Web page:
4.  Digital-only full-service publishers

This category didn’t exist until a few years ago.  Digital-only publishers operate like small presses but release their titles only in e-book formats.  This keeps their costs lower and allows them to take on riskier projects—such as first novels—that may not sell enough copies to catch the attention of a Big Six imprint.  My own publisher, Diversion Books, is a leader in this category.

With Diversion, the author retains the right to self-publish in paper.  This creates an interesting situation: my science thriller Petroplague is currently on sale with two different covers and two different publishers.  One cover is for the professional e-book with Diversion; the other cover is on the paper books I produced at my own expense with the help of a subsidy publisher.

One size does not fit all in publishing these days.  Indie authors can choose to learn a variety of non-writing skills and publish their books themselves, or they can hire others to do it for them.  If the book is marketable and the author is willing to split royalties, a small press or a digital-only publisher may be an alternative to the Big 6.  For the first time in the history of the book, barriers to entry are low and every writer has the power to bypass the gatekeepers and put his or her words in the hands of readers.


Amy Rogers is a Harvard-educated scientist, educator, and critic who writes science-themed thrillers. Her debut novel Petroplague is about oil-eating bacteria contaminating the fuel supply of Los Angeles and paralyzing the city.  She is a member of International Thrillers Writers Debut Class (2011-2012).  At her website ScienceThrillers.com [there’s a link on thefirstgates blogroll], Amy reviews books that combine real science with entertainment.  You can follow Amy on Twitter @ScienceThriller or on her Facebook fan page http://www.facebook.com/pages/Amy-Rogers/202428959777274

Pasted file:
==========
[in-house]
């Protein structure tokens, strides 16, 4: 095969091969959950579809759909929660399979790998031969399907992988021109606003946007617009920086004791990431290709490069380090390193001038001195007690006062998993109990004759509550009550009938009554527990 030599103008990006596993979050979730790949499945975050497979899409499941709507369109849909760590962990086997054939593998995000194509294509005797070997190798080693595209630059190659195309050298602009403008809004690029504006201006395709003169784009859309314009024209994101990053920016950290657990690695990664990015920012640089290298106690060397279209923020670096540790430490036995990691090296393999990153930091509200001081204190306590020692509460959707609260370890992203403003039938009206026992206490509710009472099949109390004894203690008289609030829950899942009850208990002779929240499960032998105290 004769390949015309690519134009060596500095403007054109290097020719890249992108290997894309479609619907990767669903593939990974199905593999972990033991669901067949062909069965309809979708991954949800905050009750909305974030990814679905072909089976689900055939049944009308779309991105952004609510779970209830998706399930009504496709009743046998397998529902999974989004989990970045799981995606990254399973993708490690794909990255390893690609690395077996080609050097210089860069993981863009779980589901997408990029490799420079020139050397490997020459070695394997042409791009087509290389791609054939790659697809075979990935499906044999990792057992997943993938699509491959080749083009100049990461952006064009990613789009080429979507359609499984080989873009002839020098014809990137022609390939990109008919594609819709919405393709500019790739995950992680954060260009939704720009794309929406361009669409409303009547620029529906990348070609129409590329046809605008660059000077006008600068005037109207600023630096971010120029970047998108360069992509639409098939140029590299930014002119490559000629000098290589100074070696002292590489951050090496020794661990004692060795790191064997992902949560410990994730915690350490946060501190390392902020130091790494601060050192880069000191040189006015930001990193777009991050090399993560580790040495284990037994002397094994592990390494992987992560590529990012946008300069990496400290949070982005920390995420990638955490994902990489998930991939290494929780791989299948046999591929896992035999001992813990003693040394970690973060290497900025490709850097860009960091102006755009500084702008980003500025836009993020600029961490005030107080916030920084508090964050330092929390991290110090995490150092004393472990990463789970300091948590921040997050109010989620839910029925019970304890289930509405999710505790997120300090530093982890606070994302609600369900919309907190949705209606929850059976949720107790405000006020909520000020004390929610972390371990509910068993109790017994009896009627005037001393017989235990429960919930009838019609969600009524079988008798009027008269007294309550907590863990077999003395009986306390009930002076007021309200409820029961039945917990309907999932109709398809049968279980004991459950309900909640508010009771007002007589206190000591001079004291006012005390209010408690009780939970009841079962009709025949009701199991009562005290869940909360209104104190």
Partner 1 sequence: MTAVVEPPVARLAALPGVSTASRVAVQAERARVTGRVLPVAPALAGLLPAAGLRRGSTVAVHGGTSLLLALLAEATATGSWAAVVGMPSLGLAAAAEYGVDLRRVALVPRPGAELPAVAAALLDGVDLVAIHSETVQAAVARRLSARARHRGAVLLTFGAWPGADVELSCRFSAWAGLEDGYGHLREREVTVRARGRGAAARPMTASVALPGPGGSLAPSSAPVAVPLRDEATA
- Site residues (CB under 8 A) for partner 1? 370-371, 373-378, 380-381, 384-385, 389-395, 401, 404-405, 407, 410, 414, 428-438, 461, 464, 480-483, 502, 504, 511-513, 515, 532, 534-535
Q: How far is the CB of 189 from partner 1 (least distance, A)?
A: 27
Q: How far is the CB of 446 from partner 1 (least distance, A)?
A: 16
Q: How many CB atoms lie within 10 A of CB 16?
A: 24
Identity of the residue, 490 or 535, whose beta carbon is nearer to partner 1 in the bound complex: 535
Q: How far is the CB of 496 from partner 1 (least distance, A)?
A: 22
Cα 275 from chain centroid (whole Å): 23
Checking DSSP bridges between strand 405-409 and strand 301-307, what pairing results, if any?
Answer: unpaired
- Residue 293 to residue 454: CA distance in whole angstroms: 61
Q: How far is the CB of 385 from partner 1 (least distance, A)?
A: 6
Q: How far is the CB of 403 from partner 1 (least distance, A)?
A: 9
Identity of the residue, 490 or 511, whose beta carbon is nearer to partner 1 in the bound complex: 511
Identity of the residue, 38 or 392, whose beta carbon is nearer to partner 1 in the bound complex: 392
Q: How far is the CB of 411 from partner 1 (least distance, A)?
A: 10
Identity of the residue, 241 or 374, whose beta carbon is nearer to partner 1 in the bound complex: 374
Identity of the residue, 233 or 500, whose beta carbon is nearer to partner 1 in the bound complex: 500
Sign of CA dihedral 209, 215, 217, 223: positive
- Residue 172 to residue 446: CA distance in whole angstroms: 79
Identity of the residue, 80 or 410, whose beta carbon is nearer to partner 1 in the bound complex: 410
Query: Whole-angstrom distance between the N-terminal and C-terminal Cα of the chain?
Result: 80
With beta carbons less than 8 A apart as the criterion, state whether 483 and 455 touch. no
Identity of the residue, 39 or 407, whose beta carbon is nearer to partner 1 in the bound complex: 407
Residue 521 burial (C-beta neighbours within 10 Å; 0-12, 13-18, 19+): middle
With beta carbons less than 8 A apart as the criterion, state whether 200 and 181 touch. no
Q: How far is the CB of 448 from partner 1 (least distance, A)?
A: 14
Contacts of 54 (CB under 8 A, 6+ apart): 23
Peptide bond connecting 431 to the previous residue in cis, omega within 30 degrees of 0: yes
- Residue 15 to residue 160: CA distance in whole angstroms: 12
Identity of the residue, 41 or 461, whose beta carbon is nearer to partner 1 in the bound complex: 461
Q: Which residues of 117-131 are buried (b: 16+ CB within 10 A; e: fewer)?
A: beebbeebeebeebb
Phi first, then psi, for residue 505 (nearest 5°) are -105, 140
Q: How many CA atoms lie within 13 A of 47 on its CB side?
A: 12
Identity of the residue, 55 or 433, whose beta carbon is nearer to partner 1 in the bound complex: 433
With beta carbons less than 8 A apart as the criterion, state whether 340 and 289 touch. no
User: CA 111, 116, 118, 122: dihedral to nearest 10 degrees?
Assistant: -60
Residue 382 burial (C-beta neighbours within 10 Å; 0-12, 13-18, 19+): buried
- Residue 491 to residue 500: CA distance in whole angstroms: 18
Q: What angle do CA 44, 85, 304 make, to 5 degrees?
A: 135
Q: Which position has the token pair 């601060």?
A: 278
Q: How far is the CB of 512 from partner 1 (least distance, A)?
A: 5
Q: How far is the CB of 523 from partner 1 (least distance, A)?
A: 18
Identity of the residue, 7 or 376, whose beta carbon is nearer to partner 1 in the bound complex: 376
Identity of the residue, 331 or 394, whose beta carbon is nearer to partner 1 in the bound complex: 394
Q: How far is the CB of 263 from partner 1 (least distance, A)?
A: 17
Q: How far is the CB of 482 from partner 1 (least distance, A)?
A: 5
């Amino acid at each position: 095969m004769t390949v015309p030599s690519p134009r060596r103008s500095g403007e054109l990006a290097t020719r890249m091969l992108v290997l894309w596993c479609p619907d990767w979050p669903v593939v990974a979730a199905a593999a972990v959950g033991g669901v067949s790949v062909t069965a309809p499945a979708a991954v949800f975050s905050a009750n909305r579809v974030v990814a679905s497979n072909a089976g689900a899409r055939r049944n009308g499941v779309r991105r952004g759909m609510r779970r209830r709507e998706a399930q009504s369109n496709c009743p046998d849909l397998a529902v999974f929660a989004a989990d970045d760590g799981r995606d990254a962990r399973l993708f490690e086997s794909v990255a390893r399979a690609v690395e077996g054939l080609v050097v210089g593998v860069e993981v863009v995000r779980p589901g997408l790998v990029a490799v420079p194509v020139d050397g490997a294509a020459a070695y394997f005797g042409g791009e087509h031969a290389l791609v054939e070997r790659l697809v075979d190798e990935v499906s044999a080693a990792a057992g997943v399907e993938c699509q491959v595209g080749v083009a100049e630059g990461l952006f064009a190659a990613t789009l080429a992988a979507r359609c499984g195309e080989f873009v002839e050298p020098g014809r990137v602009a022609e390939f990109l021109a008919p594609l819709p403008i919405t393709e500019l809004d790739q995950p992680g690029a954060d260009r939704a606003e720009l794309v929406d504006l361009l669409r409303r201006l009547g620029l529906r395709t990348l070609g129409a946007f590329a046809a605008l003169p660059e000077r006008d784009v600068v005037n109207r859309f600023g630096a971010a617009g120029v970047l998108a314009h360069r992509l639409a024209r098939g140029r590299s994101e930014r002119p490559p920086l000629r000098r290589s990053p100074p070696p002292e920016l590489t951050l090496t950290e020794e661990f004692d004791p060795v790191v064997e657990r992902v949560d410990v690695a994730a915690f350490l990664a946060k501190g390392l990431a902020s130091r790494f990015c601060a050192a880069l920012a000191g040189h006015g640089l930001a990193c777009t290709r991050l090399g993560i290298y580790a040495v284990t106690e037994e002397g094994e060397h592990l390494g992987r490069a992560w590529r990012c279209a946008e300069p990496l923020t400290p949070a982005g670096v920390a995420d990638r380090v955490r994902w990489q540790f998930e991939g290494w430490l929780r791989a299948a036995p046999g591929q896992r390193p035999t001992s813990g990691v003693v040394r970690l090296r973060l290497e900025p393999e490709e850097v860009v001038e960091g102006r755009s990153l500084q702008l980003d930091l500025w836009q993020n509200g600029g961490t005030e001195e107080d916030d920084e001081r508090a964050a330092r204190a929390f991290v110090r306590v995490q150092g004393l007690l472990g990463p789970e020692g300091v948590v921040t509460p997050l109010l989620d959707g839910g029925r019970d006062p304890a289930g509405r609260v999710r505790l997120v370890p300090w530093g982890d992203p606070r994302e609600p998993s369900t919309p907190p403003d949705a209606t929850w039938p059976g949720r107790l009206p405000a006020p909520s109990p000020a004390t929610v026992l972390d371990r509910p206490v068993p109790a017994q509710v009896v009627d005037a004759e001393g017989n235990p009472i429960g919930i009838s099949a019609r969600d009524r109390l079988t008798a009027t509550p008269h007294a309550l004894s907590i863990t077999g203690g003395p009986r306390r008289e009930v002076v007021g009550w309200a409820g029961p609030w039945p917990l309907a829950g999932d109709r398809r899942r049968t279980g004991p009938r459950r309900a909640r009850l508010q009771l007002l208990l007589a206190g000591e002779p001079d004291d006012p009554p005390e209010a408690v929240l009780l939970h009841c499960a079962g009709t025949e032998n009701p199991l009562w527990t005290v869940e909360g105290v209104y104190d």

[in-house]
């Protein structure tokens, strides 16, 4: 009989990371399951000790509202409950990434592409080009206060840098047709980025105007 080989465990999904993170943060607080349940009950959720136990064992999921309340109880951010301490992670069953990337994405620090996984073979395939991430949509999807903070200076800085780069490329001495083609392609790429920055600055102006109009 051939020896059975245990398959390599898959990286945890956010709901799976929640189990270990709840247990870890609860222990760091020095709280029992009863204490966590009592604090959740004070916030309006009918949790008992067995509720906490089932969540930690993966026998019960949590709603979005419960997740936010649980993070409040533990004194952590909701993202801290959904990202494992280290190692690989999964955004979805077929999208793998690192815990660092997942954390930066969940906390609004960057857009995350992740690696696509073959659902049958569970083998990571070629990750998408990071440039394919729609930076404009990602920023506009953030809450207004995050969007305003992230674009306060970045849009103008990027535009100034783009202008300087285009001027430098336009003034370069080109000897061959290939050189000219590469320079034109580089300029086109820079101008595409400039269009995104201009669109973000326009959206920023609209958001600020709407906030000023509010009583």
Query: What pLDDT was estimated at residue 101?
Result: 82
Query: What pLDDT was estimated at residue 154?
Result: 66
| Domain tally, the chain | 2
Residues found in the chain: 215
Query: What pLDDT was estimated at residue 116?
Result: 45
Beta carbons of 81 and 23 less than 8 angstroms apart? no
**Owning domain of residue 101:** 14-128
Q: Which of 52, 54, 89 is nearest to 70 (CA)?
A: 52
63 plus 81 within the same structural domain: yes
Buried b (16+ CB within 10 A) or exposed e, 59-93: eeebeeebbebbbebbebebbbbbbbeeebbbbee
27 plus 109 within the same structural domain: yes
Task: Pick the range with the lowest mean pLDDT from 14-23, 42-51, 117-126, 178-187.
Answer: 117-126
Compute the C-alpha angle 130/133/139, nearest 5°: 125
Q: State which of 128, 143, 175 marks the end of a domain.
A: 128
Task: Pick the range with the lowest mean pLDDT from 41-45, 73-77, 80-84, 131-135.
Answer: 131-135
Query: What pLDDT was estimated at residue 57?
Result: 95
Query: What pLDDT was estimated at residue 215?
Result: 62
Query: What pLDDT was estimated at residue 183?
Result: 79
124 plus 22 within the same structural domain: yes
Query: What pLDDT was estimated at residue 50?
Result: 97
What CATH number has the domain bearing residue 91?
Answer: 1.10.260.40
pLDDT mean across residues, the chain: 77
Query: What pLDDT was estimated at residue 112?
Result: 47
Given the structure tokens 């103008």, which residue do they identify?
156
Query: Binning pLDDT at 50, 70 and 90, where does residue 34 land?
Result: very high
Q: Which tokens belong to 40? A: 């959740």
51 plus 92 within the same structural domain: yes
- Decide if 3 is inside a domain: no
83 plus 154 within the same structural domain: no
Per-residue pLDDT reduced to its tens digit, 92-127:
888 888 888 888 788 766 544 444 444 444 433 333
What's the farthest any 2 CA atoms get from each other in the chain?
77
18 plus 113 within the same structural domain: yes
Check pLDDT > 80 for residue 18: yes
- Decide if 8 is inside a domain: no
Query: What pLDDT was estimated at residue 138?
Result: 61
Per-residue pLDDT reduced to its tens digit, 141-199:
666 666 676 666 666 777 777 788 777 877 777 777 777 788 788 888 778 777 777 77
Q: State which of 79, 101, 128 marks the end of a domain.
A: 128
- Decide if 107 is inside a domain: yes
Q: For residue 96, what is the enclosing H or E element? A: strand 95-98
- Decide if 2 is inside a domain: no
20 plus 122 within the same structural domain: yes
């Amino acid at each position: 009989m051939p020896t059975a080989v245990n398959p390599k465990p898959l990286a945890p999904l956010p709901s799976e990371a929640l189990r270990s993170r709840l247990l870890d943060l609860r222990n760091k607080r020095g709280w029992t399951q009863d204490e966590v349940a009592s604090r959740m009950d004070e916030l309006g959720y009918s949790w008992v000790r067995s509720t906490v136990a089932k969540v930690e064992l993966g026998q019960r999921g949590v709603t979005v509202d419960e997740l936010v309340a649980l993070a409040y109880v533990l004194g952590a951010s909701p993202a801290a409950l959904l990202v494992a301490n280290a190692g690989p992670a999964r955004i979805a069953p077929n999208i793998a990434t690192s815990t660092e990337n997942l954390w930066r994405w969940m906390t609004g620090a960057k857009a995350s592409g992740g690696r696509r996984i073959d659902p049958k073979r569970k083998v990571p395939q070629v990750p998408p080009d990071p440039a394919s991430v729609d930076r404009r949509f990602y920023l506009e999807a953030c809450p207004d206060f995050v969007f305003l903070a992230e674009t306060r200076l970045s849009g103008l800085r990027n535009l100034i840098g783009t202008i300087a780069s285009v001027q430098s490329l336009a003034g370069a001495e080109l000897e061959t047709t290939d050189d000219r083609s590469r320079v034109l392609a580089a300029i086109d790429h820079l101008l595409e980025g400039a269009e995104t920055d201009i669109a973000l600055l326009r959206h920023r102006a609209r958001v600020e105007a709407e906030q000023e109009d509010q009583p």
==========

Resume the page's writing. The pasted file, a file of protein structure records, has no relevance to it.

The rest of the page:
Please stop by Amy’s blog, ScienceThrillers.com, to leave a comment if you enjoyed this series.  While you are there, take a look at the features, sign up to receive the newsletter, and enjoy the reviews of a number science-related thrillers, ranging from The Hound of the Baskervilles to Jurassic Park.  

An Author’s Guide to Publishing in 2012 – A Guest Post by Amy Rogers

Last September, I wrote an enthusiastic review of Petroplague by Amy Rogers http://wp.me/pYql4-1ep. With a PHD in microbiology, Dr. Rogers is uniquely qualified to bring her considerable writing skills to bear on a thriller in which an oil-eating bacteria ravages Los Angeles.  Airplanes fall from the sky.  Millions of cars stall on the streets and freeways.  No food deliveries.  No ambulance, police, or fire service as a greedy corporate criminal and deluded eco-terrorists strive to suppress a solution.

On two occasions, New York agents represented Amy Rogers’ work but were unable to sell it.  With a keen understanding of the turmoil in traditional publishing, Amy decided to take matters into her own hands.  After I posted my review, I invited her to write a summary of her experience for us.